Catalog Home Page

Seed germination of Solanum spp.(Solanaceae)for use in rehabilitation and commercial industries

Commander, L.E., Merritt, D.J., Rokich, D.P., Flematti, G.R. and Dixon, K.W. (2008) Seed germination of Solanum spp.(Solanaceae)for use in rehabilitation and commercial industries. Australian Journal of Botany, 56 (4). pp. 333-341.

Link to Published Version: http://dx.doi.org/10.1071/BT07209
*Subscription may be required

Abstract

Effective methods for propagation of native Solanum species are required for mine rehabilitation and the native food industry in Australia. This study investigated seed germination of eight native Solanum species with respect to incubation temperature and the efficacy of germination-promoting compounds gibberellic acid (GA3), the butenolide isolated from smoke (karrikinolide, KAR1) and smoke water (SW). Seeds of all species were tested under a temperature regime of 26/13°C or 33/18°C. In these conditions, seeds of only two species, S. cunninghamii Benth. and S. phlomoides Benth. germinated to high levels without treatment. Of the remaining six species, GA3 alone promoted germination in S. chippendalei Symon, S. diversiflorum F.Muell. and S. sturtianum F.Muell., whereas GA3, KAR1 and SW were effective at promoting germination of S. centrale J.M.Black, S. dioicum W.Fitzg. and S. orbiculatum Dunal ex Poir. to varying degrees. Additional incubation temperatures (10, 15, 20, 25 and 30°C) were examined for S. centrale and S. orbiculatum. For both species, broadly similar patterns were noted in the response of seeds to GA3, KAR1 and SW across all temperatures. However, for S. centrale seeds, germination percentages were higher at 26/13°C than at any of the constant temperatures, and there was a trend of increasing germination with increasing constant temperature for S. orbiculatum seeds. Analysis of seed embryo type and imbibition characteristics and consideration of the subsequent germination results indicates that dormant Solanum seeds possess physiological dormancy.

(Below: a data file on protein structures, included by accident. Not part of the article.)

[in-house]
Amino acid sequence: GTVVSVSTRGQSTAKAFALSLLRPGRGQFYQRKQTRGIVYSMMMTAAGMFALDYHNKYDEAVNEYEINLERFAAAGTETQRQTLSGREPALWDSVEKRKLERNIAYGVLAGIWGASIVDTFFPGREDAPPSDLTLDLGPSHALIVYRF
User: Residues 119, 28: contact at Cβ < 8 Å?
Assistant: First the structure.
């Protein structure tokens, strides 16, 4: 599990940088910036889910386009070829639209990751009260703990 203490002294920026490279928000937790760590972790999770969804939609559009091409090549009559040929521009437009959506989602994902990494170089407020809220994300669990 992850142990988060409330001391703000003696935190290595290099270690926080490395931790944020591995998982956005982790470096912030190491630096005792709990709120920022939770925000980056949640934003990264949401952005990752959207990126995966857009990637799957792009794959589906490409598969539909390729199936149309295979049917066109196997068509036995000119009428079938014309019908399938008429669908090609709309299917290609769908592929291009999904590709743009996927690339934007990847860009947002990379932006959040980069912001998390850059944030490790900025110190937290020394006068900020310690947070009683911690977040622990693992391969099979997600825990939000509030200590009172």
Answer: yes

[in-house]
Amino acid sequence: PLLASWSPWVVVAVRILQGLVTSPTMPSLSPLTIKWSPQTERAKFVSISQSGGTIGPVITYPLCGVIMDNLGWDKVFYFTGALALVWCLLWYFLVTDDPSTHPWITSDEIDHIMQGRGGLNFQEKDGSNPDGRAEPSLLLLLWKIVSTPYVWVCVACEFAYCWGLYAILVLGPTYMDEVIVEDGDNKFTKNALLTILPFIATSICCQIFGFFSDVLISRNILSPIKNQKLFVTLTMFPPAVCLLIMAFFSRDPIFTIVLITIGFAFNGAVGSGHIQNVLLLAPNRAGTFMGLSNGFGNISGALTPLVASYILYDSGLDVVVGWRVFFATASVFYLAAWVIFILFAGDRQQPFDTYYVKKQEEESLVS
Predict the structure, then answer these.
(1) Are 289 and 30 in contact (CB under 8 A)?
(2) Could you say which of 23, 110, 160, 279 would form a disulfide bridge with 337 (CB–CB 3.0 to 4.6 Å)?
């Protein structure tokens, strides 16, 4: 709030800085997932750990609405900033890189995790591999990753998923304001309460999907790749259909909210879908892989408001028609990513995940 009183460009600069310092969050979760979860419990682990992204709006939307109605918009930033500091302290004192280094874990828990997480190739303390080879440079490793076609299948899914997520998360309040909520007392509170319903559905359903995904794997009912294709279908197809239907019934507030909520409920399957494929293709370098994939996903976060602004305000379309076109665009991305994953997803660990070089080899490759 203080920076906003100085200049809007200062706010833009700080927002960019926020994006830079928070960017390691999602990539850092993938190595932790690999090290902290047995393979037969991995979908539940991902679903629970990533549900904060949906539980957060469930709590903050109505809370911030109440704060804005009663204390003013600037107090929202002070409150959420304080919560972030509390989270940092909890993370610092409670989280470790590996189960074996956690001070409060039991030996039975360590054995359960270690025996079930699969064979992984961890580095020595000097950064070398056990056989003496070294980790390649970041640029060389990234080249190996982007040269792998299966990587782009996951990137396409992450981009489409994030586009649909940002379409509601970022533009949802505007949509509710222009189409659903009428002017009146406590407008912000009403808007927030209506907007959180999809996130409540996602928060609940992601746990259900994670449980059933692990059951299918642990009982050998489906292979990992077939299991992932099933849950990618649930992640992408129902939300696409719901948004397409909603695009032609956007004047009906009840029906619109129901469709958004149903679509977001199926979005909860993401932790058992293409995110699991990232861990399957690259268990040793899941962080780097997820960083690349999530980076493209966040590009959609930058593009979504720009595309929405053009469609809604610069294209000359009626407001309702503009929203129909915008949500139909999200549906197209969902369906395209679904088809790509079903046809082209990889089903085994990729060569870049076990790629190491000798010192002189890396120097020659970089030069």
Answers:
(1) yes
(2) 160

Publication Type: Journal Article
Murdoch Affiliation: School of Environmental Science
Publisher: CSIRO Publishing
Copyright: 2008 CSIRO
URI: http://researchrepository.murdoch.edu.au/id/eprint/8793
Item Control Page